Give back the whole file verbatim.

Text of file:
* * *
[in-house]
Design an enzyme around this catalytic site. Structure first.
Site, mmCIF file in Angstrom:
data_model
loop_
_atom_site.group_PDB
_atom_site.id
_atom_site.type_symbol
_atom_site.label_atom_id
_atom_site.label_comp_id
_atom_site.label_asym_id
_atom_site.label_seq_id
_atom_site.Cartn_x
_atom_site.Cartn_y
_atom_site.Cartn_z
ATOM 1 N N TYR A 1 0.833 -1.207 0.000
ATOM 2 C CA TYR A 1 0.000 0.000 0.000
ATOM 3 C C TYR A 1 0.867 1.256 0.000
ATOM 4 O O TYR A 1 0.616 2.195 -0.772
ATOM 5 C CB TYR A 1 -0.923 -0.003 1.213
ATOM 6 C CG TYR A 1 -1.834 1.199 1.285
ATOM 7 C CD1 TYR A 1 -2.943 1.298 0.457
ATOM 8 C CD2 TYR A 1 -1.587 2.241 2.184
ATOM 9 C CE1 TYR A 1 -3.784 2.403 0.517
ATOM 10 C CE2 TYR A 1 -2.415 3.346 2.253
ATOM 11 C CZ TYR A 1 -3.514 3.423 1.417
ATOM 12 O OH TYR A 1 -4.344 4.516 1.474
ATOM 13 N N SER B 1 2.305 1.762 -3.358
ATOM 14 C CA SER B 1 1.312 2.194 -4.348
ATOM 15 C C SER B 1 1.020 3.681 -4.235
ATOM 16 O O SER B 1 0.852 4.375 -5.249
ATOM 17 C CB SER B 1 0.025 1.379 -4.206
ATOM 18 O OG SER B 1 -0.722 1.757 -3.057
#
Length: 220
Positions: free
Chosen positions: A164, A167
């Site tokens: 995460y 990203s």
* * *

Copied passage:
[in-house]
Design an enzyme around this catalytic site. Structure first.
Site, mmCIF file in Angstrom:
data_model
loop_
_atom_site.group_PDB
_atom_site.id
_atom_site.type_symbol
_atom_site.label_atom_id
_atom_site.label_comp_id
_atom_site.label_asym_id
_atom_site.label_seq_id
_atom_site.Cartn_x
_atom_site.Cartn_y
_atom_site.Cartn_z
ATOM 1 N N TYR A 1 0.833 -1.207 0.000
ATOM 2 C CA TYR A 1 0.000 0.000 0.000
ATOM 3 C C TYR A 1 0.867 1.256 0.000
ATOM 4 O O TYR A 1 0.616 2.195 -0.772
ATOM 5 C CB TYR A 1 -0.923 -0.003 1.213
ATOM 6 C CG TYR A 1 -1.834 1.199 1.285
ATOM 7 C CD1 TYR A 1 -2.943 1.298 0.457
ATOM 8 C CD2 TYR A 1 -1.587 2.241 2.184
ATOM 9 C CE1 TYR A 1 -3.784 2.403 0.517
ATOM 10 C CE2 TYR A 1 -2.415 3.346 2.253
ATOM 11 C CZ TYR A 1 -3.514 3.423 1.417
ATOM 12 O OH TYR A 1 -4.344 4.516 1.474
ATOM 13 N N SER B 1 2.305 1.762 -3.358
ATOM 14 C CA SER B 1 1.312 2.194 -4.348
ATOM 15 C C SER B 1 1.020 3.681 -4.235
ATOM 16 O O SER B 1 0.852 4.375 -5.249
ATOM 17 C CB SER B 1 0.025 1.379 -4.206
ATOM 18 O OG SER B 1 -0.722 1.757 -3.057
#
Length: 220
Positions: free
Chosen positions: A164, A167
């Site tokens: 995460y 990203s």